Dear Miss Snark,
Some months ago a friend put me in touch with his agent. She read my novel (literary fiction), liked it, said she wanted to represent me. Given her profile, and what I knew about from my friend's experience (whose work it took some time to sell, but she persisted and got him a nice two-book deal), I was happy to have her on board and decided to forego the all-out agent search, a process I'd been dreading.
I revised the manuscript and sent it back about 4 months after our initial contact. After that, several emails I sent went unanswered, and on the chance they were getting blocked by an overzealous spam filter, I finally sent a fax, very politely inquiring about the status of my ms, and asking her to simply let me know if her interest in the book had waned since our earlier contact, since I would in that case need to seek representation elsewhere.
I received a prompt email reply, apologizing (not too profusely, it must be said); the ms had been on someone else's desk, she had read it, likes what I've done, thinks it's ready to go, and she attached the agency agreement (which I haven't returned yet).
We did have one phone conversation, but unfortunately I was not in good form and did not ask as many questions as I should have.
Basically I'm becoming increasingly uncomfortable with our interactions, and am contemplating looking elsewhere. I'm hoping you can tell me where I stand.
--Must I tell Agent A that I've decided to seek representation elsewhere before contacting other agents?No
--Must I tell other potential agents about the situation with Agent A, and if so, do I name Agent A (note that no submissions have been made)?No
I'm torn about this. Agent A has a fine reputation, and did good work for my friend. She has a huge client list, I know, and I'm afraid this means she takes on lots and lots of projects but maybe doesn't sell so many. I know it means she won't have time to do a lot of hand holding, which is actually okay with me, but I'm also afraid it's going to mean unanswered emails/phone calls when I have questions or things I want to discuss. Most of all, of course, Agent A wants to represent me, and there's not telling whether Agents B-Z (and beyond) will. In fact, during the long period of not hearing from Agent A, I did approach Agent B (who I met and so was able to avoid a messy query process), who turned me down. One rejection, I know, but it gives me the jitters. Thanks for all the good advice.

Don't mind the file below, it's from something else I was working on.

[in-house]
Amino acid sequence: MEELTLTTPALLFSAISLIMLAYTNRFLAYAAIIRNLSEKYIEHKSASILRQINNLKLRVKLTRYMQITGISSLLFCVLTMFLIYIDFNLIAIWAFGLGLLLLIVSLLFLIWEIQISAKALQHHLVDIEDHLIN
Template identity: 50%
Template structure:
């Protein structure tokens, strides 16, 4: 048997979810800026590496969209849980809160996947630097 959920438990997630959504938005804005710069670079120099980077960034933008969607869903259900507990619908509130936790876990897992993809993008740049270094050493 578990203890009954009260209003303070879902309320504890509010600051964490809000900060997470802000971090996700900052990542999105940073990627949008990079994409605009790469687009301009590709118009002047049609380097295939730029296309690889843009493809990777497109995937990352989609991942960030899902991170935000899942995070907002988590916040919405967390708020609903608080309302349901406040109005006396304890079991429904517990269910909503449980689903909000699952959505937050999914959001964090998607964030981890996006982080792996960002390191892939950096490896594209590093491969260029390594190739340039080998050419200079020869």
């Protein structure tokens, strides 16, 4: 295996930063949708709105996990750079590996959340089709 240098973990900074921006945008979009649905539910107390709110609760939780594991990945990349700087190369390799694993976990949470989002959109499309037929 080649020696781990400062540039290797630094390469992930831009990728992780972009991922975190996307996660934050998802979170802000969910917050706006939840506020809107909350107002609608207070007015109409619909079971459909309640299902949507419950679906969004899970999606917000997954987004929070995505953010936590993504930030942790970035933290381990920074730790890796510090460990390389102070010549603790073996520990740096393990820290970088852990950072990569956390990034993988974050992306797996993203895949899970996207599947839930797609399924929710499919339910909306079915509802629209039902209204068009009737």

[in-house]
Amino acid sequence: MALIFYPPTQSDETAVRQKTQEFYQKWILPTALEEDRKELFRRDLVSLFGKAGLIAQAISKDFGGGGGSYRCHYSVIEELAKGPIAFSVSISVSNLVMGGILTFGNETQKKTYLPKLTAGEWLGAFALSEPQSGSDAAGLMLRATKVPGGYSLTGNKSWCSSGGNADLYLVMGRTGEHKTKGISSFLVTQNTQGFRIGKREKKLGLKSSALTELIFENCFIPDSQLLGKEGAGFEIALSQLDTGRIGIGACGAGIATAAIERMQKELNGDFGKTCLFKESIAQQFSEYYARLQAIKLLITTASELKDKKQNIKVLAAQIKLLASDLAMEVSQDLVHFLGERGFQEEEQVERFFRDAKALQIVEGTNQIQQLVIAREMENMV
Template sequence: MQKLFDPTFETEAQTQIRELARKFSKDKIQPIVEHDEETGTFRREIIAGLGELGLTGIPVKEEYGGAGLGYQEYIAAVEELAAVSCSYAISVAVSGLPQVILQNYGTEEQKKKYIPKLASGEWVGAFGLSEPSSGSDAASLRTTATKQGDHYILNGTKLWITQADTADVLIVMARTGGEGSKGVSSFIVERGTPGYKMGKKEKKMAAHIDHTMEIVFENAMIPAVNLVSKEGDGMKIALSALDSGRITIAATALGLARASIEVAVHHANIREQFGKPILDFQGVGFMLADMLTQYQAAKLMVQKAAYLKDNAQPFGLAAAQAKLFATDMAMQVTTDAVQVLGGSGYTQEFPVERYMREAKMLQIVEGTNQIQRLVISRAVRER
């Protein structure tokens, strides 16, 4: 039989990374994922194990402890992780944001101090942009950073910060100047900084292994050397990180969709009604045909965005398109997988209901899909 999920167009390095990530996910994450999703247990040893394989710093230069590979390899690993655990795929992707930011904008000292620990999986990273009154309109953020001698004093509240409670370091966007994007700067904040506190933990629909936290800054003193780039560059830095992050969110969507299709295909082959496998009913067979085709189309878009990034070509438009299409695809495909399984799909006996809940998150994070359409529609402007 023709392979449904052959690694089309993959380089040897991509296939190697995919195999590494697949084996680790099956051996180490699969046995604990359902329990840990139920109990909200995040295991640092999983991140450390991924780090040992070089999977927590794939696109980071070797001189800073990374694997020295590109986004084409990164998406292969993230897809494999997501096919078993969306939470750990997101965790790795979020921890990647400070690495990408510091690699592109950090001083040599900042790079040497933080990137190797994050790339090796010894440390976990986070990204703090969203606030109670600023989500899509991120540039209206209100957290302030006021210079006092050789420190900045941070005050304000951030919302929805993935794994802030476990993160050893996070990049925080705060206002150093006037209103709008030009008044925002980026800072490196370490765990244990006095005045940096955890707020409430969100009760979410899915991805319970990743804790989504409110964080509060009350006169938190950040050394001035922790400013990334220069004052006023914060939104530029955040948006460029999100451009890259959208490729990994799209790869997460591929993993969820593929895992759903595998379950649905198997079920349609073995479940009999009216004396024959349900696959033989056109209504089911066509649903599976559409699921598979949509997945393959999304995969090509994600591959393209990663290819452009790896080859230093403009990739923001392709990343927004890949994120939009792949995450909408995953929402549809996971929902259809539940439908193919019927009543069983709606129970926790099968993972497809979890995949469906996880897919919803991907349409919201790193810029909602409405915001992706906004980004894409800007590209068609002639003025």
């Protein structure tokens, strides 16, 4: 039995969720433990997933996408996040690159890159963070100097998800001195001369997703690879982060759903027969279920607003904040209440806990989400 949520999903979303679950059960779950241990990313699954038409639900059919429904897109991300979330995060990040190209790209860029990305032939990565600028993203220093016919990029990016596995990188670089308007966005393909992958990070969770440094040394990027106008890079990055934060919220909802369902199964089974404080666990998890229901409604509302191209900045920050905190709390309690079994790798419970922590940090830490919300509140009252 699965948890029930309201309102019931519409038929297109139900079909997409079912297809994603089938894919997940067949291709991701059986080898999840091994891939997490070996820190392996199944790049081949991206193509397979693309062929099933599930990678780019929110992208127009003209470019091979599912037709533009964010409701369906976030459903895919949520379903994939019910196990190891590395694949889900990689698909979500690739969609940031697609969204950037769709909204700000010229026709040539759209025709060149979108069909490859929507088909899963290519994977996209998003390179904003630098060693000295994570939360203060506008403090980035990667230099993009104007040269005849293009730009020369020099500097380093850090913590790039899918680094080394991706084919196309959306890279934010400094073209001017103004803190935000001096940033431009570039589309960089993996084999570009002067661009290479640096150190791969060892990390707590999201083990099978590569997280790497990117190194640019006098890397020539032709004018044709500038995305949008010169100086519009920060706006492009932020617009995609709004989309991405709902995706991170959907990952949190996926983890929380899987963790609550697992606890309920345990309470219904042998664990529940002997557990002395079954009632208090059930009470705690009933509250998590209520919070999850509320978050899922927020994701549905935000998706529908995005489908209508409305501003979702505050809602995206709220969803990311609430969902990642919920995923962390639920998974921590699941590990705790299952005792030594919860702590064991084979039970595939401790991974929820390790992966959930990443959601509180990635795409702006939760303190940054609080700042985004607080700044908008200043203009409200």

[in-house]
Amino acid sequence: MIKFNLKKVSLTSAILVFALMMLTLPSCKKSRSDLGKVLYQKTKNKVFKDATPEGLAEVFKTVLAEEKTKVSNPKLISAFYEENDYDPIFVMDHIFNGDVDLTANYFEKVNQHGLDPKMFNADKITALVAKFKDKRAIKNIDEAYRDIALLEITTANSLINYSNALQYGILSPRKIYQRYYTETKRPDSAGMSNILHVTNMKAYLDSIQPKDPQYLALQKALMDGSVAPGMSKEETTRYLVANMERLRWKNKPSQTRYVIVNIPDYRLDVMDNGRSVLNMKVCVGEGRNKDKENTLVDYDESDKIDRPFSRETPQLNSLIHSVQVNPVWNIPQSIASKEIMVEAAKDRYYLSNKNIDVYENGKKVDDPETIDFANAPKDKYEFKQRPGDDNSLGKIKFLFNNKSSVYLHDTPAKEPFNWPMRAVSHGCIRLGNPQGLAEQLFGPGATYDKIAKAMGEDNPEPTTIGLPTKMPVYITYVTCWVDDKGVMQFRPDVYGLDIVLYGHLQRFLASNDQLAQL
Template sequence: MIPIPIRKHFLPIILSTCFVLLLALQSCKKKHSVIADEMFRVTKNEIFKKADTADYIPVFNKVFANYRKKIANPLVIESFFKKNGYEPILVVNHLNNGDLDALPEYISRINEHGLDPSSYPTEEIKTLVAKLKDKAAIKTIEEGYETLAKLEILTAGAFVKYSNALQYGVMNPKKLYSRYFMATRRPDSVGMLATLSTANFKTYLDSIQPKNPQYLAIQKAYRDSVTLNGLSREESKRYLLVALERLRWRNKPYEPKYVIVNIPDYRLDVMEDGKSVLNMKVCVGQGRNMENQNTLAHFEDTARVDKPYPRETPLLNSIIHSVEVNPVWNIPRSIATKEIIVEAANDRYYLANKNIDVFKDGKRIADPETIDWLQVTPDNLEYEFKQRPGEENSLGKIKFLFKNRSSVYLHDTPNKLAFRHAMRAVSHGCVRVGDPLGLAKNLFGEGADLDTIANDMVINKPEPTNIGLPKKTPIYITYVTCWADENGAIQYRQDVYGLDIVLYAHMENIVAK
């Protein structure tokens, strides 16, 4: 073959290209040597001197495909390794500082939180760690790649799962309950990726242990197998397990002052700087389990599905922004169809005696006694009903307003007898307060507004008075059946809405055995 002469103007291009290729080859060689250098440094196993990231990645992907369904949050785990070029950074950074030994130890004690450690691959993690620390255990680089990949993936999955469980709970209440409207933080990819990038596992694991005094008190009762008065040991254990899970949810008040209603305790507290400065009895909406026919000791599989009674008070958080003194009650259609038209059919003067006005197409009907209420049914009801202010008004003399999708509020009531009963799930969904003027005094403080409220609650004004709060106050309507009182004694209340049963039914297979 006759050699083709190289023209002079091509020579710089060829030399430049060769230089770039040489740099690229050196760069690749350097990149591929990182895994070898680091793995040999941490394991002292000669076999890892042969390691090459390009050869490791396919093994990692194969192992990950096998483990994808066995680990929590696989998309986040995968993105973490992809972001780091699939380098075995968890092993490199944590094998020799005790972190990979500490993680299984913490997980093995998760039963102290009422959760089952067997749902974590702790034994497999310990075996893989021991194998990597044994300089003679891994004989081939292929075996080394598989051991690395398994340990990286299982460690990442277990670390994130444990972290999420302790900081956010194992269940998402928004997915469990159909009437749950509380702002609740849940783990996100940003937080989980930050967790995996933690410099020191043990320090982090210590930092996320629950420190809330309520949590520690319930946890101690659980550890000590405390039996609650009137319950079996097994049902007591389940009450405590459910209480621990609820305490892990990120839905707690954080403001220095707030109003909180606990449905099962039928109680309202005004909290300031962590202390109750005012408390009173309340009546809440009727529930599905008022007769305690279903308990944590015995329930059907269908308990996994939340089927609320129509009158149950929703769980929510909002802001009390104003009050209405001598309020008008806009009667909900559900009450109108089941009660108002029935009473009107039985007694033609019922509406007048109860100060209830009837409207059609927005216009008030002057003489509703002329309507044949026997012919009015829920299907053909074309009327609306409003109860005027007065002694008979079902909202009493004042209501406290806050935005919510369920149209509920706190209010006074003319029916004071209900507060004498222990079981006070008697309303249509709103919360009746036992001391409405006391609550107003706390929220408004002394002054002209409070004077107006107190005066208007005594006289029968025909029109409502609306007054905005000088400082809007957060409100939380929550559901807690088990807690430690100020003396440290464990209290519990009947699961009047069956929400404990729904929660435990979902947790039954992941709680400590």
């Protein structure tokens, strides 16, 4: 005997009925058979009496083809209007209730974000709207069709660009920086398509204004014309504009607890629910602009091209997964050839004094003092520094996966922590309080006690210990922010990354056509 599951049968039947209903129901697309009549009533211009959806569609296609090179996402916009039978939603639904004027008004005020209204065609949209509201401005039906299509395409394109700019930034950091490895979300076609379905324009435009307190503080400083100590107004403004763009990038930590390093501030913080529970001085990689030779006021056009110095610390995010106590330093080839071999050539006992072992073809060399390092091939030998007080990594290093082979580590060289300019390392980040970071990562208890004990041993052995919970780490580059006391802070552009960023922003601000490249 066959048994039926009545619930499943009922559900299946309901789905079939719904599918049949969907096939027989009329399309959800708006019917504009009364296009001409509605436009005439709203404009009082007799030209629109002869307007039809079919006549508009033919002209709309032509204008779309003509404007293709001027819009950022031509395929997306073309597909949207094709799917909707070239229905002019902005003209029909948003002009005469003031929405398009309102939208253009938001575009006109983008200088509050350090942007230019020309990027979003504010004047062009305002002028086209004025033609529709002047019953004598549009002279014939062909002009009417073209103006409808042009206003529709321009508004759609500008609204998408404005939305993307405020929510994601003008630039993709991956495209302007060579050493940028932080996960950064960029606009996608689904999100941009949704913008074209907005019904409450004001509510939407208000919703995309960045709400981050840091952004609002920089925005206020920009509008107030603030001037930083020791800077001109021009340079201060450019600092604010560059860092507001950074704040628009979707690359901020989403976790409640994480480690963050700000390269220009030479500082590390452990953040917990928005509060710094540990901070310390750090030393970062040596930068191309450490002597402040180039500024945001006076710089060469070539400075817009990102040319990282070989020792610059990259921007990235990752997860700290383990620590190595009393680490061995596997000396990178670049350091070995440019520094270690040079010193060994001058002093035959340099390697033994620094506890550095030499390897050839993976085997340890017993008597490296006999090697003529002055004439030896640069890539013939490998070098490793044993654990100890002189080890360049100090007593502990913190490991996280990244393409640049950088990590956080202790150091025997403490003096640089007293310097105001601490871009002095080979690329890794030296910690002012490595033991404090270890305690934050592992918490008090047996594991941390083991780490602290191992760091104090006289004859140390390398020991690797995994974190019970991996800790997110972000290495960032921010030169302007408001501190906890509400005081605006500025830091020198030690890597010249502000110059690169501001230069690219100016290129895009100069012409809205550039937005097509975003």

Ok, let's start with some basics. "Hand holding" is not how one describes answering emails from clients. As everyone who reads this blog knows, I'm as distant as they come, but even I respond to emails from clients or potential clients (ie those I've read and expressed interest in representing) and I don't lose manuscripts for four months.
Second, you have an offer, but you don't have acceptance so technically no contract exists between you. Thus you don't have to tell anyone else you query about Agent Absentminded.
I understand your loathing for the agent querying process. The only person who loathes it more than you is I. However, like caterpillars and cocoons, querying serves a purpose beyond the obvious.
You KNOW what you're getting into if you sign with A; no sympathy from me in six months if you feel slighted, undervalued and unappreciated. The only thing that takes the sting out of that is a big fat sale which it sounds like she can do.
I'm not going to tell you what to do but I am going to tell you to pay attention to what you're seeing. A stands for Absentminded, not Anomaly.